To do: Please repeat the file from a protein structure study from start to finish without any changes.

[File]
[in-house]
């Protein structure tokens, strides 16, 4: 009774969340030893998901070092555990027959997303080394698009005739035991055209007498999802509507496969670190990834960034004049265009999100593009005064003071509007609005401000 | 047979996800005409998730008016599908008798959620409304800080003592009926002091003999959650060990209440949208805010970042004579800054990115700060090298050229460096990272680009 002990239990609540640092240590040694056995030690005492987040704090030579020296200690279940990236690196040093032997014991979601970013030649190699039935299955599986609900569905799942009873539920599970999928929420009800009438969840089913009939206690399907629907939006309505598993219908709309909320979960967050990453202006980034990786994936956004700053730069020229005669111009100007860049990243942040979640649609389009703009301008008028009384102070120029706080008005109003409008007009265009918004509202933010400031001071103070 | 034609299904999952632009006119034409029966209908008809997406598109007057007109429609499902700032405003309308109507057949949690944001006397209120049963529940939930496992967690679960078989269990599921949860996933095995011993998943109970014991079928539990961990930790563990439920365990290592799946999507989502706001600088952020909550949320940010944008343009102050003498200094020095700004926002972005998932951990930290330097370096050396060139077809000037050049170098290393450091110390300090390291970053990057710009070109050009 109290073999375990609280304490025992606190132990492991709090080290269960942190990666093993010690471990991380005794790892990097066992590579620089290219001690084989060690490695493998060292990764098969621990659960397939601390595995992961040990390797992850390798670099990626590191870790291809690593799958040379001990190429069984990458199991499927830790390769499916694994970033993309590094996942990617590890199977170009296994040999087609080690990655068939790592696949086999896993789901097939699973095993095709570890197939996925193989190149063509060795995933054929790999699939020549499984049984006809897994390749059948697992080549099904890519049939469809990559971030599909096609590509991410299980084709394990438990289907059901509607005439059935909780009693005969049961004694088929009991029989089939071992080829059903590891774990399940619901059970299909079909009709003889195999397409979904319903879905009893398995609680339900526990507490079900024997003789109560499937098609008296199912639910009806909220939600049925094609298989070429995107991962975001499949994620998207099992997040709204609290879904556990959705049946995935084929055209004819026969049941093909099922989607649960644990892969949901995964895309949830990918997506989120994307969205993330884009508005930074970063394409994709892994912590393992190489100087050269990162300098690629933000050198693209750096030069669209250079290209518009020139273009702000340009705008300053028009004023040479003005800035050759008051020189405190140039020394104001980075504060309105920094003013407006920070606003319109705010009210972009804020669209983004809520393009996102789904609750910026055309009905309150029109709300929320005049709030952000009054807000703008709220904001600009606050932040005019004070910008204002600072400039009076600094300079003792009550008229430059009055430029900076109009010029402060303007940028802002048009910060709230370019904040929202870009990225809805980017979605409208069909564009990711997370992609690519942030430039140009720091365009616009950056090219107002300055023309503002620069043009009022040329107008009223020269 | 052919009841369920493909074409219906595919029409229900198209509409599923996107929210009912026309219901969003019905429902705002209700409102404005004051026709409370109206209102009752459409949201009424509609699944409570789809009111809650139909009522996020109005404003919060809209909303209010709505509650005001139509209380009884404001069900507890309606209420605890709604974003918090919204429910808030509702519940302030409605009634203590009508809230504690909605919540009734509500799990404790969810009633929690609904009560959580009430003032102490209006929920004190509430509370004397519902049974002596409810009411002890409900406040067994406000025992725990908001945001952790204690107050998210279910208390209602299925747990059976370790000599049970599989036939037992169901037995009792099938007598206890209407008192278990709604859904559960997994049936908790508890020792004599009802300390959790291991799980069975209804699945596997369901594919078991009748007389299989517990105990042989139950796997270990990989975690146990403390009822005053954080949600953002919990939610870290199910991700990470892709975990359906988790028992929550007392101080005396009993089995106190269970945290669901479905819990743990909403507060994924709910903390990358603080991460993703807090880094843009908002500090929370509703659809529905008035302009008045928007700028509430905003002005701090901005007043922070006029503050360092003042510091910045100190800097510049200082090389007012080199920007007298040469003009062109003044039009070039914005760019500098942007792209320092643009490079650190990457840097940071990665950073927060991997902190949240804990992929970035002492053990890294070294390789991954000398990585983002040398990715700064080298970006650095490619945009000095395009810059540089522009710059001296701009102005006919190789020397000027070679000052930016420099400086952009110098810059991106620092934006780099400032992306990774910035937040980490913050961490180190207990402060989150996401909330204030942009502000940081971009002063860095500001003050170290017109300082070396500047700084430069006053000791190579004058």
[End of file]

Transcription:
[in-house]
């Protein structure tokens, strides 16, 4: 009774969340030893998901070092555990027959997303080394698009005739035991055209007498999802509507496969670190990834960034004049265009999100593009005064003071509007609005401000 | 047979996800005409998730008016599908008798959620409304800080003592009926002091003999959650060990209440949208805010970042004579800054990115700060090298050229460096990272680009 002990239990609540640092240590040694056995030690005492987040704090030579020296200690279940990236690196040093032997014991979601970013030649190699039935299955599986609900569905799942009873539920599970999928929420009800009438969840089913009939206690399907629907939006309505598993219908709309909320979960967050990453202006980034990786994936956004700053730069020229005669111009100007860049990243942040979640649609389009703009301008008028009384102070120029706080008005109003409008007009265009918004509202933010400031001071103070 | 034609299904999952632009006119034409029966209908008809997406598109007057007109429609499902700032405003309308109507057949949690944001006397209120049963529940939930496992967690679960078989269990599921949860996933095995011993998943109970014991079928539990961990930790563990439920365990290592799946999507989502706001600088952020909550949320940010944008343009102050003498200094020095700004926002972005998932951990930290330097370096050396060139077809000037050049170098290393450091110390300090390291970053990057710009070109050009 109290073999375990609280304490025992606190132990492991709090080290269960942190990666093993010690471990991380005794790892990097066992590579620089290219001690084989060690490695493998060292990764098969621990659960397939601390595995992961040990390797992850390798670099990626590191870790291809690593799958040379001990190429069984990458199991499927830790390769499916694994970033993309590094996942990617590890199977170009296994040999087609080690990655068939790592696949086999896993789901097939699973095993095709570890197939996925193989190149063509060795995933054929790999699939020549499984049984006809897994390749059948697992080549099904890519049939469809990559971030599909096609590509991410299980084709394990438990289907059901509607005439059935909780009693005969049961004694088929009991029989089939071992080829059903590891774990399940619901059970299909079909009709003889195999397409979904319903879905009893398995609680339900526990507490079900024997003789109560499937098609008296199912639910009806909220939600049925094609298989070429995107991962975001499949994620998207099992997040709204609290879904556990959705049946995935084929055209004819026969049941093909099922989607649960644990892969949901995964895309949830990918997506989120994307969205993330884009508005930074970063394409994709892994912590393992190489100087050269990162300098690629933000050198693209750096030069669209250079290209518009020139273009702000340009705008300053028009004023040479003005800035050759008051020189405190140039020394104001980075504060309105920094003013407006920070606003319109705010009210972009804020669209983004809520393009996102789904609750910026055309009905309150029109709300929320005049709030952000009054807000703008709220904001600009606050932040005019004070910008204002600072400039009076600094300079003792009550008229430059009055430029900076109009010029402060303007940028802002048009910060709230370019904040929202870009990225809805980017979605409208069909564009990711997370992609690519942030430039140009720091365009616009950056090219107002300055023309503002620069043009009022040329107008009223020269 | 052919009841369920493909074409219906595919029409229900198209509409599923996107929210009912026309219901969003019905429902705002209700409102404005004051026709409370109206209102009752459409949201009424509609699944409570789809009111809650139909009522996020109005404003919060809209909303209010709505509650005001139509209380009884404001069900507890309606209420605890709604974003918090919204429910808030509702519940302030409605009634203590009508809230504690909605919540009734509500799990404790969810009633929690609904009560959580009430003032102490209006929920004190509430509370004397519902049974002596409810009411002890409900406040067994406000025992725990908001945001952790204690107050998210279910208390209602299925747990059976370790000599049970599989036939037992169901037995009792099938007598206890209407008192278990709604859904559960997994049936908790508890020792004599009802300390959790291991799980069975209804699945596997369901594919078991009748007389299989517990105990042989139950796997270990990989975690146990403390009822005053954080949600953002919990939610870290199910991700990470892709975990359906988790028992929550007392101080005396009993089995106190269970945290669901479905819990743990909403507060994924709910903390990358603080991460993703807090880094843009908002500090929370509703659809529905008035302009008045928007700028509430905003002005701090901005007043922070006029503050360092003042510091910045100190800097510049200082090389007012080199920007007298040469003009062109003044039009070039914005760019500098942007792209320092643009490079650190990457840097940071990665950073927060991997902190949240804990992929970035002492053990890294070294390789991954000398990585983002040398990715700064080298970006650095490619945009000095395009810059540089522009710059001296701009102005006919190789020397000027070679000052930016420099400086952009110098810059991106620092934006780099400032992306990774910035937040980490913050961490180190207990402060989150996401909330204030942009502000940081971009002063860095500001003050170290017109300082070396500047700084430069006053000791190579004058």